Eric Nord voted up this answer.
“The first principle is that you must not fool yourself and you are the easiest person to fool.”
-- Richard Feynman
(on Cargo Cult Science)
It’s Good to be Honest
Being honest with others means that we set out to say only what we sincerely believe. And there are many benefits to being honest.
- We only have to keep track of one version of reality. And this leaves our brains free to work on interesting creative problems instead of keeping track of what we said to whom.
- People will trust us more.
- We can be more confident in social situations, because we’re not worried that people might compare our discordant stories with each other, and root out our lies.
- We can throw better surprise parties. Let’s face it, not all lies are bad. If we save our lies for times when we can use them as a force for good, they’ll be more effective. We might someday want a loved one to believe that we’re just “having a quiet evening at home.”
However, . . .
. . . Telling the Truth Goes Well Beyond Mere Honesty
In order to be honest you merely need to be sincere. And you can be sincerely wrong. In order to tell the truth you have to have the truth. And putting yourself into the position to actually have the truth, and not just think you have it, is a difficult matter that requires openness, vigilance, and humility.
If we set out to tell the truth to others, we have to first make sure we’re not fooling ourselves about how much we know.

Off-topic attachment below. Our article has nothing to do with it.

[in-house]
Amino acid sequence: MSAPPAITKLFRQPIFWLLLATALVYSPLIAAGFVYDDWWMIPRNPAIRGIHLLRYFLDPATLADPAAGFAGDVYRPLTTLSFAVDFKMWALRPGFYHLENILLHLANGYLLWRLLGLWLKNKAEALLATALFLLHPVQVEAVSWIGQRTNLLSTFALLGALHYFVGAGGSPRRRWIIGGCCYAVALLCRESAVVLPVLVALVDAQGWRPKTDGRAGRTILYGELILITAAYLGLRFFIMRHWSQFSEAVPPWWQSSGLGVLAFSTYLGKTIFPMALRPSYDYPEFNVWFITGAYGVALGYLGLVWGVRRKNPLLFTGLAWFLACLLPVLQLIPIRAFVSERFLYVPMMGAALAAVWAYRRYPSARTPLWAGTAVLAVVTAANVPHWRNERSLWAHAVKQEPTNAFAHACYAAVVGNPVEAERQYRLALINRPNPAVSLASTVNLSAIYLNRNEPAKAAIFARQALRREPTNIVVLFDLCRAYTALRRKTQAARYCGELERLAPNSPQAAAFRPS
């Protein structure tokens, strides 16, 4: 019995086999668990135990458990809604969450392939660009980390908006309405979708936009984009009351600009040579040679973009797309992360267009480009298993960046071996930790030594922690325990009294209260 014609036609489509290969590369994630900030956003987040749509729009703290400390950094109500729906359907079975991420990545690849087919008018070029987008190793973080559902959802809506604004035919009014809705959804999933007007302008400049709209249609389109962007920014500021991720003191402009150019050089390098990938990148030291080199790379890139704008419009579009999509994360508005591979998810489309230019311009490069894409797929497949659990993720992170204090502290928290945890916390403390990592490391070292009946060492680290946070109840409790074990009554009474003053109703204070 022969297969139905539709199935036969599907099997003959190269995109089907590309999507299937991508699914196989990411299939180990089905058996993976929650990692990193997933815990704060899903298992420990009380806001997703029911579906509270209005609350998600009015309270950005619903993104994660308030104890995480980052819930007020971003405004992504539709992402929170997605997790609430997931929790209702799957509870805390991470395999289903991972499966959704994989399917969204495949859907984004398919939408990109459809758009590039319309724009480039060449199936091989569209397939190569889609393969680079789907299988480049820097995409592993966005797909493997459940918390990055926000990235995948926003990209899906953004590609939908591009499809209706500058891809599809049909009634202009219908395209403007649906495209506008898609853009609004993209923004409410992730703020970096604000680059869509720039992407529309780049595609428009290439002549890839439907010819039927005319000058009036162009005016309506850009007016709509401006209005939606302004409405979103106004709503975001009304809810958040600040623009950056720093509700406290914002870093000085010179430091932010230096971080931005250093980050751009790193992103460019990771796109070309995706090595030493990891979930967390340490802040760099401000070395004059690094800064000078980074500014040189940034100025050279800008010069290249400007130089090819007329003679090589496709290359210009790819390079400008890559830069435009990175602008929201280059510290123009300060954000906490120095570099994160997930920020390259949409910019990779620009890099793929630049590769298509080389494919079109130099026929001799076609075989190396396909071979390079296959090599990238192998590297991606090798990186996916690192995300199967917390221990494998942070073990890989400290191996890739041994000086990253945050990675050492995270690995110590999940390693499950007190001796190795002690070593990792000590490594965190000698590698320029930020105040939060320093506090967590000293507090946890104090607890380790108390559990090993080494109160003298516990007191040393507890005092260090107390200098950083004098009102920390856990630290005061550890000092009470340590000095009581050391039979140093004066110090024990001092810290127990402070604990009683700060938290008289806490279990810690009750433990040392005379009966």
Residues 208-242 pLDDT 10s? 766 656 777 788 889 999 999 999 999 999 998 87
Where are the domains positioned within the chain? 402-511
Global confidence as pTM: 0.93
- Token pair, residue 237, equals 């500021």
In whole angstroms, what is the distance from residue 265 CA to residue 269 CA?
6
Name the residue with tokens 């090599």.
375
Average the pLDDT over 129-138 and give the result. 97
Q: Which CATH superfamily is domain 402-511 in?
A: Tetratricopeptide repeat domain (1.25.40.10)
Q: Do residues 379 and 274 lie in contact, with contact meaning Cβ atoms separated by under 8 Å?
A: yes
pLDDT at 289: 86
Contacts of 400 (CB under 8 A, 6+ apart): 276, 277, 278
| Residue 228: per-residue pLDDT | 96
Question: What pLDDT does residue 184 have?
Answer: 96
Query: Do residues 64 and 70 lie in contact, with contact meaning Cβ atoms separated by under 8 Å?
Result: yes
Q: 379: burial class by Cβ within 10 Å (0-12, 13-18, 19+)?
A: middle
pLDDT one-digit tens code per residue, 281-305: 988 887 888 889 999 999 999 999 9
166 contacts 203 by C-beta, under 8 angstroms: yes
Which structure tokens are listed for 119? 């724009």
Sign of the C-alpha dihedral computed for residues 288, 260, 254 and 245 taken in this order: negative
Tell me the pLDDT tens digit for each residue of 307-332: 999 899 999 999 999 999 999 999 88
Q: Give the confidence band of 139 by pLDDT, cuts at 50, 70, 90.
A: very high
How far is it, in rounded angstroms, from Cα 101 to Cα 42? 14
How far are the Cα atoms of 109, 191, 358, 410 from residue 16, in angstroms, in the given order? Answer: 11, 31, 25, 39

Here are some of the things we must be willing to do if we want to tell the truth to others:
- Question ourselves and how we came to have the beliefs we have. We all started life with no opinions at all. Then we grew up and acquired opinions along the way. How did this happen? Was it a reliable process? Or did we just adopt the views of those around us uncritically?
- Change our minds often. We must reduce the confidence we have in a belief when contrary evidence comes to light, or when we realize we don’t have a firm basis for believing it.
- Actively look for evidence against our view, and seriously consider whether we might be wrong.
- Learn about cognitive and motivational biases and try to correct for these biases in our own thinking.
- Look at issues from every relevant point of view we can think of to see if we might be missing something -- especially on complex normative issues.
- Try not to overstate our confidence -- especially publicly, because we know that once we’re on record with an opinion it’s difficult to change course even when we’re wrong.
- Learn just a smidgen of statistics so we can be appropriately skeptical when interpreting the results of scientific studies.
This is hard work.
And it means, if it turns out our views are not as well grounded as we might have hoped, that we might have to give up, or at least withhold judgment about, some of our most cherished beliefs.
It means we might have to back away from some of the beliefs our friends and family desperately want us to hold.
Is it worth it? Maybe. Consider . . .
The Benefits of Telling the Truth (Over and Above Merely Being Honest)
Here are some of the benefits we receive when we make an effort to go beyond mere honesty, and strive to put ourselves in position to "tell the truth":
See question on Quora
- We are less likely to fall for scams simply because we want them to be true.
- We get to understand the world a little closer to the way it really is.
- We get to understand ourselves a little closer to the way we really are.
- We come to realize how much we don’t know, and this allows us to revel in some profound mysteries.
- We become more curious and interested in filling in the gaps in our understanding.
- We come to understand issues more deeply, because we’ve explored them from many angles.
- PLUS . . . we get all the benefits of merely being honest as well.